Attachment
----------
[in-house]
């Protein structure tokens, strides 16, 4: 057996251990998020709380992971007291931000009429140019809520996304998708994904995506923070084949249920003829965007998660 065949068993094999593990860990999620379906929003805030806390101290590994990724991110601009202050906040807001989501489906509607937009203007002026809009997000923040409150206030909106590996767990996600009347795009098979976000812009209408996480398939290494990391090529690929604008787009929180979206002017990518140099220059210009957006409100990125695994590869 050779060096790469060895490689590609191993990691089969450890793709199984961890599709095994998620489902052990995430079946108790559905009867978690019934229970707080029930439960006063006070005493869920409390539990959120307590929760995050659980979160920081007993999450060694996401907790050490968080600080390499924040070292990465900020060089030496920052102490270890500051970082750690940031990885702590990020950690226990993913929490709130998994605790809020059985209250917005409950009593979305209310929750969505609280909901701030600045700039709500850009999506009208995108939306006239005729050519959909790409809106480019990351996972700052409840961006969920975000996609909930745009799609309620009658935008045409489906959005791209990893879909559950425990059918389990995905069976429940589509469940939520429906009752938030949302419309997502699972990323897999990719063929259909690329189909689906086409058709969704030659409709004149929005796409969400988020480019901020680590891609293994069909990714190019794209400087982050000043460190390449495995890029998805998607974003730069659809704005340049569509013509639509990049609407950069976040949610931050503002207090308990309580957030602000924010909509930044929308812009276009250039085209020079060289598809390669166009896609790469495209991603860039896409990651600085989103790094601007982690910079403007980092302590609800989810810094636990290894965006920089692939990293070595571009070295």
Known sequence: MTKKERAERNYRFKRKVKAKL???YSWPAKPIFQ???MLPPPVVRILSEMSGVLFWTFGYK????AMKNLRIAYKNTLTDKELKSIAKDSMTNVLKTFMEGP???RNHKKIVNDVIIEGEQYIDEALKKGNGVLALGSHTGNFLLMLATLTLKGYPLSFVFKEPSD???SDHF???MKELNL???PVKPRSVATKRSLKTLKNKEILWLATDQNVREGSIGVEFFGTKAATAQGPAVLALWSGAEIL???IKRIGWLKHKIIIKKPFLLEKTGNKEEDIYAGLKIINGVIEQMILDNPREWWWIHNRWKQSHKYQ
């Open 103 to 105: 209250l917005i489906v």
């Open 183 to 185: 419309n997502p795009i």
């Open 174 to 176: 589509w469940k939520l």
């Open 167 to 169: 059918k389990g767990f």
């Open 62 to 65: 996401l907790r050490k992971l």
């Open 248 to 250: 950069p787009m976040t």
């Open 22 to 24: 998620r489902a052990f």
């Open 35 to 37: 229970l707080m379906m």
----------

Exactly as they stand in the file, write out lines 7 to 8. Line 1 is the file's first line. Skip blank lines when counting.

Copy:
């Open 167 to 169: 059918k389990g767990f």
């Open 62 to 65: 996401l907790r050490k992971l």